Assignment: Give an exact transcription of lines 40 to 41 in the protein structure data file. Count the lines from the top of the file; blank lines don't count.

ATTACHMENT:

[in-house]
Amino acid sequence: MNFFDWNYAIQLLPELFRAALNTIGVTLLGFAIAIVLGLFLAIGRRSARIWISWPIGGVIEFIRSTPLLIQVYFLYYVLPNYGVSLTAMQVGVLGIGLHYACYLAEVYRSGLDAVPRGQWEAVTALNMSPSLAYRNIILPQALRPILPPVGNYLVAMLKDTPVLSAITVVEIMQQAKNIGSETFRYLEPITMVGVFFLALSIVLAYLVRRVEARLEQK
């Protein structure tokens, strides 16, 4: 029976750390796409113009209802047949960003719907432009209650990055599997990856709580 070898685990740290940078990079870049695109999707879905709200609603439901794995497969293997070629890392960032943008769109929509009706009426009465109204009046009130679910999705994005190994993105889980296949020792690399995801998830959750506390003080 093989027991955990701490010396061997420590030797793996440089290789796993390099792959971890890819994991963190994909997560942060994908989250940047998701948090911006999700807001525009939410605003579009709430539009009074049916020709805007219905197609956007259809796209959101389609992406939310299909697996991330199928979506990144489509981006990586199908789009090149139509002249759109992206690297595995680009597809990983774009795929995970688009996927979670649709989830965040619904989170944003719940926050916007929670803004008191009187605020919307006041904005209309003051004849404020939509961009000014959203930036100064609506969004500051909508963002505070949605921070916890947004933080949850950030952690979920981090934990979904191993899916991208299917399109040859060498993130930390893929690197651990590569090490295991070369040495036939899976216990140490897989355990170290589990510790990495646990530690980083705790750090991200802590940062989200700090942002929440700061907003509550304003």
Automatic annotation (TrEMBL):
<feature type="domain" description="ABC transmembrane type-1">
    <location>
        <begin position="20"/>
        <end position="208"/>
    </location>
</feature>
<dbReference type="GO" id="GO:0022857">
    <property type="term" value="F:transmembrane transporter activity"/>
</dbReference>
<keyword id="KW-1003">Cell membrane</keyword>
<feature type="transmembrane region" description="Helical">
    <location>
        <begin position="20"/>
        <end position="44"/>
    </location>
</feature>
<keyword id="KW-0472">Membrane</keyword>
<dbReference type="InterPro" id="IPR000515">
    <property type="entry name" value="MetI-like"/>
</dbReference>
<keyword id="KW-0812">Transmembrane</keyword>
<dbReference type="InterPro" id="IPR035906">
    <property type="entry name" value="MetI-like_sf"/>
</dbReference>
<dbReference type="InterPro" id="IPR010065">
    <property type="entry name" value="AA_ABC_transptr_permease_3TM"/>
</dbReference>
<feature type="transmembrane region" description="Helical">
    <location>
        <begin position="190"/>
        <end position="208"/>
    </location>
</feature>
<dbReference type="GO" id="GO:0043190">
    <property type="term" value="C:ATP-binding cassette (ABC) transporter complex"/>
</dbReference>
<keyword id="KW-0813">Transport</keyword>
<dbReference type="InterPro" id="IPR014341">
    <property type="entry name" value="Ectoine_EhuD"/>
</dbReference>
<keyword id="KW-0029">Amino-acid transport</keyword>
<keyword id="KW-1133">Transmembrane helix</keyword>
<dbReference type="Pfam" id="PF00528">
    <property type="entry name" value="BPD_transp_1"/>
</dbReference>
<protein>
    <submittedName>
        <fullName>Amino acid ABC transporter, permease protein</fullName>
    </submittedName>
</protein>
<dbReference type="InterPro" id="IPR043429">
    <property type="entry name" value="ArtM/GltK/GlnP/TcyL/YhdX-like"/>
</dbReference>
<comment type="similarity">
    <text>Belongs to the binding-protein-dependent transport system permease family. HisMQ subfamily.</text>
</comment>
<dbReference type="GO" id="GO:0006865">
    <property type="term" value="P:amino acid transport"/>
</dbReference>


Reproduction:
</dbReference>
<keyword id="KW-0813">Transport</keyword>